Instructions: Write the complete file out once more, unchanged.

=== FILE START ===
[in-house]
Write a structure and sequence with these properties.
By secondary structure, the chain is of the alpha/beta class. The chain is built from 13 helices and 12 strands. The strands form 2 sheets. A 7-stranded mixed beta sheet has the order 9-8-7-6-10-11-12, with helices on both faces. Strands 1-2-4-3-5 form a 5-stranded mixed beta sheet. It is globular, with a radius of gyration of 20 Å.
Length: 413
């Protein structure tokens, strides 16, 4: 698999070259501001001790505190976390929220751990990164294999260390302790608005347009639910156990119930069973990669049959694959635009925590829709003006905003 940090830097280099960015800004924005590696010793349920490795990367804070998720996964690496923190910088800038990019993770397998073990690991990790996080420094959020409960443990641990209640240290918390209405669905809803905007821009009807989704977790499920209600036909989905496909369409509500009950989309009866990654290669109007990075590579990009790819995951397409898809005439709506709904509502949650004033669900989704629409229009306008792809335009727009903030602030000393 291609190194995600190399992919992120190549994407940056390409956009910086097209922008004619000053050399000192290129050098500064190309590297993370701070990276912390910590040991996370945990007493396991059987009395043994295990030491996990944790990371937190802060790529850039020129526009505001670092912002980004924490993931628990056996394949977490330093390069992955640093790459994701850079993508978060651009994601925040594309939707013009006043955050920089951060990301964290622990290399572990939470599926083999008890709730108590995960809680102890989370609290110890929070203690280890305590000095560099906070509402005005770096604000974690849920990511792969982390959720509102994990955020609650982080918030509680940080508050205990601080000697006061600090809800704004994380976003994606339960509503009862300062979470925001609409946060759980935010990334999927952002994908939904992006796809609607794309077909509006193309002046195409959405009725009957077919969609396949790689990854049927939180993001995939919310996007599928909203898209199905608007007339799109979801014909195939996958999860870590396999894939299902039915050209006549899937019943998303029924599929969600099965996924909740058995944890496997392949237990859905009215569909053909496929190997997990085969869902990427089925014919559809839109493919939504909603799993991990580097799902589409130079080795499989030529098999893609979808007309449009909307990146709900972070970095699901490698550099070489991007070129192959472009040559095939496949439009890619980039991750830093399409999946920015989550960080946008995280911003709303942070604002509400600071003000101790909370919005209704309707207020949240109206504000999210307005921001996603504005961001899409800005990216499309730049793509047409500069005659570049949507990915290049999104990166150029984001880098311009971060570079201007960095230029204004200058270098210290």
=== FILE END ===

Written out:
[in-house]
Write a structure and sequence with these properties.
By secondary structure, the chain is of the alpha/beta class. The chain is built from 13 helices and 12 strands. The strands form 2 sheets. A 7-stranded mixed beta sheet has the order 9-8-7-6-10-11-12, with helices on both faces. Strands 1-2-4-3-5 form a 5-stranded mixed beta sheet. It is globular, with a radius of gyration of 20 Å.
Length: 413
């Protein structure tokens, strides 16, 4: 698999070259501001001790505190976390929220751990990164294999260390302790608005347009639910156990119930069973990669049959694959635009925590829709003006905003 940090830097280099960015800004924005590696010793349920490795990367804070998720996964690496923190910088800038990019993770397998073990690991990790996080420094959020409960443990641990209640240290918390209405669905809803905007821009009807989704977790499920209600036909989905496909369409509500009950989309009866990654290669109007990075590579990009790819995951397409898809005439709506709904509502949650004033669900989704629409229009306008792809335009727009903030602030000393 291609190194995600190399992919992120190549994407940056390409956009910086097209922008004619000053050399000192290129050098500064190309590297993370701070990276912390910590040991996370945990007493396991059987009395043994295990030491996990944790990371937190802060790529850039020129526009505001670092912002980004924490993931628990056996394949977490330093390069992955640093790459994701850079993508978060651009994601925040594309939707013009006043955050920089951060990301964290622990290399572990939470599926083999008890709730108590995960809680102890989370609290110890929070203690280890305590000095560099906070509402005005770096604000974690849920990511792969982390959720509102994990955020609650982080918030509680940080508050205990601080000697006061600090809800704004994380976003994606339960509503009862300062979470925001609409946060759980935010990334999927952002994908939904992006796809609607794309077909509006193309002046195409959405009725009957077919969609396949790689990854049927939180993001995939919310996007599928909203898209199905608007007339799109979801014909195939996958999860870590396999894939299902039915050209006549899937019943998303029924599929969600099965996924909740058995944890496997392949237990859905009215569909053909496929190997997990085969869902990427089925014919559809839109493919939504909603799993991990580097799902589409130079080795499989030529098999893609979808007309449009909307990146709900972070970095699901490698550099070489991007070129192959472009040559095939496949439009890619980039991750830093399409999946920015989550960080946008995280911003709303942070604002509400600071003000101790909370919005209704309707207020949240109206504000999210307005921001996603504005961001899409800005990216499309730049793509047409500069005659570049949507990915290049999104990166150029984001880098311009971060570079201007960095230029204004200058270098210290």